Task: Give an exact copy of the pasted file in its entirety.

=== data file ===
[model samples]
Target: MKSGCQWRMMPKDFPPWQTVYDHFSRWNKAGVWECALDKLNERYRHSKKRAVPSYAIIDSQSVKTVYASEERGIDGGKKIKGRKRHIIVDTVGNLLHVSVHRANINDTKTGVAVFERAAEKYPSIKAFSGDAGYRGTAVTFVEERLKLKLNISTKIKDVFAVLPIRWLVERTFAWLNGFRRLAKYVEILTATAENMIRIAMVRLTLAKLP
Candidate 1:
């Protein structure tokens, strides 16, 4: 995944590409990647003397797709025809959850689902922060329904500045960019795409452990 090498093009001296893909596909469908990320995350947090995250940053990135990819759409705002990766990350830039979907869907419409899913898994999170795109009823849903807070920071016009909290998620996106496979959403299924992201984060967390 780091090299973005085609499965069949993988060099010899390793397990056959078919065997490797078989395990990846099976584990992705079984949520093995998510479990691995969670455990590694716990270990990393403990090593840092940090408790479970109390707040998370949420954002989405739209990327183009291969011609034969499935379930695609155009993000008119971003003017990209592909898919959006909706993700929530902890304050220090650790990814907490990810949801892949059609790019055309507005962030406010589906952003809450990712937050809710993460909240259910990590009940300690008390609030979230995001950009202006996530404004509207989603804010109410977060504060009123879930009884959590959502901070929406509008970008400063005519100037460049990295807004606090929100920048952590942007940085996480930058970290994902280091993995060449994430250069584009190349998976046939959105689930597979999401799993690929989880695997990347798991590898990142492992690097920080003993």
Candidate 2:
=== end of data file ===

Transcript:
[model samples]
Target: MKSGCQWRMMPKDFPPWQTVYDHFSRWNKAGVWECALDKLNERYRHSKKRAVPSYAIIDSQSVKTVYASEERGIDGGKKIKGRKRHIIVDTVGNLLHVSVHRANINDTKTGVAVFERAAEKYPSIKAFSGDAGYRGTAVTFVEERLKLKLNISTKIKDVFAVLPIRWLVERTFAWLNGFRRLAKYVEILTATAENMIRIAMVRLTLAKLP
Candidate 1:
């Protein structure tokens, strides 16, 4: 995944590409990647003397797709025809959850689902922060329904500045960019795409452990 090498093009001296893909596909469908990320995350947090995250940053990135990819759409705002990766990350830039979907869907419409899913898994999170795109009823849903807070920071016009909290998620996106496979959403299924992201984060967390 780091090299973005085609499965069949993988060099010899390793397990056959078919065997490797078989395990990846099976584990992705079984949520093995998510479990691995969670455990590694716990270990990393403990090593840092940090408790479970109390707040998370949420954002989405739209990327183009291969011609034969499935379930695609155009993000008119971003003017990209592909898919959006909706993700929530902890304050220090650790990814907490990810949801892949059609790019055309507005962030406010589906952003809450990712937050809710993460909240259910990590009940300690008390609030979230995001950009202006996530404004509207989603804010109410977060504060009123879930009884959590959502901070929406509008970008400063005519100037460049990295807004606090929100920048952590942007940085996480930058970290994902280091993995060449994430250069584009190349998976046939959105689930597979999401799993690929989880695997990347798991590898990142492992690097920080003993």
Candidate 2: